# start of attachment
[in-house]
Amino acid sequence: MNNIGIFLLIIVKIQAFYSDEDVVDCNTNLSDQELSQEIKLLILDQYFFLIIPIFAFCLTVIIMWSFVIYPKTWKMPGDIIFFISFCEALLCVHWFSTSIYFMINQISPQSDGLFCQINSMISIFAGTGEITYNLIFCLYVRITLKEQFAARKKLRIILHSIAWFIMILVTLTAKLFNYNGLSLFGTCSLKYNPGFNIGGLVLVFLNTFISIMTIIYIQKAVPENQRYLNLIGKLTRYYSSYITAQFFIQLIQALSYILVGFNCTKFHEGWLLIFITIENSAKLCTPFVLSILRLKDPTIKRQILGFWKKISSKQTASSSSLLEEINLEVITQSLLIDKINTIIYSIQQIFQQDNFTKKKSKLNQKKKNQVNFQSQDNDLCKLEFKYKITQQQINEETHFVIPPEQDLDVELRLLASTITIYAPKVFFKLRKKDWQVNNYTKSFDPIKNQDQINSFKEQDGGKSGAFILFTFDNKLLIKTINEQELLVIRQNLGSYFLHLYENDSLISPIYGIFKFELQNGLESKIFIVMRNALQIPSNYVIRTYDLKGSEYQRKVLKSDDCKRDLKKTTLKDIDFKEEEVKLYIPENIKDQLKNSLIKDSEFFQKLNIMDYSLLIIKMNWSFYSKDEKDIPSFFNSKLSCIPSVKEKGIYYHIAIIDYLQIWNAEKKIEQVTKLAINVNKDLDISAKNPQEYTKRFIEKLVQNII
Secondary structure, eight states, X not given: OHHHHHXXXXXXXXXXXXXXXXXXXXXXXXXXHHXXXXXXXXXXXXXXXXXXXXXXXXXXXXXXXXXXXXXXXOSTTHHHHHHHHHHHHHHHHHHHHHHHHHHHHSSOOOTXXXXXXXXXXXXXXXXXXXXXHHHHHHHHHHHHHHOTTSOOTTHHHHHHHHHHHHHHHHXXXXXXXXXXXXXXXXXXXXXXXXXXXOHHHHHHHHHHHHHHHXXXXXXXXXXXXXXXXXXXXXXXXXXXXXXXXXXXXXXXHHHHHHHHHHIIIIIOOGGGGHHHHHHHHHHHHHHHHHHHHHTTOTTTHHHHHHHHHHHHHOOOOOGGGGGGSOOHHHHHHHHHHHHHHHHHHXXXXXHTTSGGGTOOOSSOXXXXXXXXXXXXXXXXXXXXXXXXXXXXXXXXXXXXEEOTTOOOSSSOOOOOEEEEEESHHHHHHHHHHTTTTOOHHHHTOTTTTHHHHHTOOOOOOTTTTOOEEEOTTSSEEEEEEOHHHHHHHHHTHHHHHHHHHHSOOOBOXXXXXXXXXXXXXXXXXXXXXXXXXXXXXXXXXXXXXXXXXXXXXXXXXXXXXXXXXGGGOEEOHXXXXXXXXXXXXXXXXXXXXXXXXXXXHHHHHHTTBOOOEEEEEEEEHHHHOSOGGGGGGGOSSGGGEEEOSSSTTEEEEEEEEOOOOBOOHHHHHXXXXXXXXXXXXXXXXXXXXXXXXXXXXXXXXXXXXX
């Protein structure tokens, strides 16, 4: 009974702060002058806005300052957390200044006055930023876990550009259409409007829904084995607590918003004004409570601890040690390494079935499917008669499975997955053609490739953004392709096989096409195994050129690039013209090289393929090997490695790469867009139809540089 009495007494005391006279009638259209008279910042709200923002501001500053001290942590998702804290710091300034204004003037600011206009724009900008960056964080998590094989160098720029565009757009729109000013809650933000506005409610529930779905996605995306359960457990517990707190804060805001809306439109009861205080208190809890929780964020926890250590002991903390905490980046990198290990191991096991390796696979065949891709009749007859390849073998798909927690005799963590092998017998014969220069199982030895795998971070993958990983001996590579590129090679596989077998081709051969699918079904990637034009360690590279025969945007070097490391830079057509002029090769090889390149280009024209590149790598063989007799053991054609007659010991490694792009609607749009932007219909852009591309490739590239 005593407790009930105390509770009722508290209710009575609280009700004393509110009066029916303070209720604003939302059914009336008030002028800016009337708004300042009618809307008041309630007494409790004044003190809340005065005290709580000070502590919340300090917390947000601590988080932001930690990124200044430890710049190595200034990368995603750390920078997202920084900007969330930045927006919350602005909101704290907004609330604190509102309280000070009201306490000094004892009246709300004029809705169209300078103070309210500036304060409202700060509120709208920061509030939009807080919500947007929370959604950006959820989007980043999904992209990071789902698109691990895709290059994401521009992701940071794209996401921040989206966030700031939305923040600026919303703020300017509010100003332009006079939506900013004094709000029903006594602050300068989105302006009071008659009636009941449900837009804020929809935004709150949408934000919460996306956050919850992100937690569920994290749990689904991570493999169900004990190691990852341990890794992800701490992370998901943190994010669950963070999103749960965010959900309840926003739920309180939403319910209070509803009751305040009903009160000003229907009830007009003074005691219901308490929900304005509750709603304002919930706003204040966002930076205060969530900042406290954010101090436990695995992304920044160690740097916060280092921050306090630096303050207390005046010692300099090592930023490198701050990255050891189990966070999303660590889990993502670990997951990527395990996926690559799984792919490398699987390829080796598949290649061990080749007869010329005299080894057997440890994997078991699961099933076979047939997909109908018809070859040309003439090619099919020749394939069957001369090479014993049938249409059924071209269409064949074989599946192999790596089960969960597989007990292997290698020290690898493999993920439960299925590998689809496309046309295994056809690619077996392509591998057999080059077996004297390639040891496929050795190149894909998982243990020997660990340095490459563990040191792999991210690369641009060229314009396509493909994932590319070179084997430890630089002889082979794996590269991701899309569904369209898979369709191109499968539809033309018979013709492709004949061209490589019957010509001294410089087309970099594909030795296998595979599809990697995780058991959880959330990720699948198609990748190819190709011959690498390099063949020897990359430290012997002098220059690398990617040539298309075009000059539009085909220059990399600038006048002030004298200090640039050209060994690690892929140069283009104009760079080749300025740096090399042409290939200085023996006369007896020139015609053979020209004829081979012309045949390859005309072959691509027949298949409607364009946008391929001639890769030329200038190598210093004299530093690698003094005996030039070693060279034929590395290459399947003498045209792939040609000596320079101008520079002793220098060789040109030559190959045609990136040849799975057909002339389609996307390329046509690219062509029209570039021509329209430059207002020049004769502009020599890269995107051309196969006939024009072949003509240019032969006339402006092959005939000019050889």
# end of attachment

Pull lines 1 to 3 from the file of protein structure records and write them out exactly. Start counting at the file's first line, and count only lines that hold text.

[in-house]
Amino acid sequence: MNNIGIFLLIIVKIQAFYSDEDVVDCNTNLSDQELSQEIKLLILDQYFFLIIPIFAFCLTVIIMWSFVIYPKTWKMPGDIIFFISFCEALLCVHWFSTSIYFMINQISPQSDGLFCQINSMISIFAGTGEITYNLIFCLYVRITLKEQFAARKKLRIILHSIAWFIMILVTLTAKLFNYNGLSLFGTCSLKYNPGFNIGGLVLVFLNTFISIMTIIYIQKAVPENQRYLNLIGKLTRYYSSYITAQFFIQLIQALSYILVGFNCTKFHEGWLLIFITIENSAKLCTPFVLSILRLKDPTIKRQILGFWKKISSKQTASSSSLLEEINLEVITQSLLIDKINTIIYSIQQIFQQDNFTKKKSKLNQKKKNQVNFQSQDNDLCKLEFKYKITQQQINEETHFVIPPEQDLDVELRLLASTITIYAPKVFFKLRKKDWQVNNYTKSFDPIKNQDQINSFKEQDGGKSGAFILFTFDNKLLIKTINEQELLVIRQNLGSYFLHLYENDSLISPIYGIFKFELQNGLESKIFIVMRNALQIPSNYVIRTYDLKGSEYQRKVLKSDDCKRDLKKTTLKDIDFKEEEVKLYIPENIKDQLKNSLIKDSEFFQKLNIMDYSLLIIKMNWSFYSKDEKDIPSFFNSKLSCIPSVKEKGIYYHIAIIDYLQIWNAEKKIEQVTKLAINVNKDLDISAKNPQEYTKRFIEKLVQNII
Secondary structure, eight states, X not given: OHHHHHXXXXXXXXXXXXXXXXXXXXXXXXXXHHXXXXXXXXXXXXXXXXXXXXXXXXXXXXXXXXXXXXXXXOSTTHHHHHHHHHHHHHHHHHHHHHHHHHHHHSSOOOTXXXXXXXXXXXXXXXXXXXXXHHHHHHHHHHHHHHOTTSOOTTHHHHHHHHHHHHHHHHXXXXXXXXXXXXXXXXXXXXXXXXXXXOHHHHHHHHHHHHHHHXXXXXXXXXXXXXXXXXXXXXXXXXXXXXXXXXXXXXXXHHHHHHHHHHIIIIIOOGGGGHHHHHHHHHHHHHHHHHHHHHTTOTTTHHHHHHHHHHHHHOOOOOGGGGGGSOOHHHHHHHHHHHHHHHHHHXXXXXHTTSGGGTOOOSSOXXXXXXXXXXXXXXXXXXXXXXXXXXXXXXXXXXXXEEOTTOOOSSSOOOOOEEEEEESHHHHHHHHHHTTTTOOHHHHTOTTTTHHHHHTOOOOOOTTTTOOEEEOTTSSEEEEEEOHHHHHHHHHTHHHHHHHHHHSOOOBOXXXXXXXXXXXXXXXXXXXXXXXXXXXXXXXXXXXXXXXXXXXXXXXXXXXXXXXXXGGGOEEOHXXXXXXXXXXXXXXXXXXXXXXXXXXXHHHHHHTTBOOOEEEEEEEEHHHHOSOGGGGGGGOSSGGGEEEOSSSTTEEEEEEEEOOOOBOOHHHHHXXXXXXXXXXXXXXXXXXXXXXXXXXXXXXXXXXXXX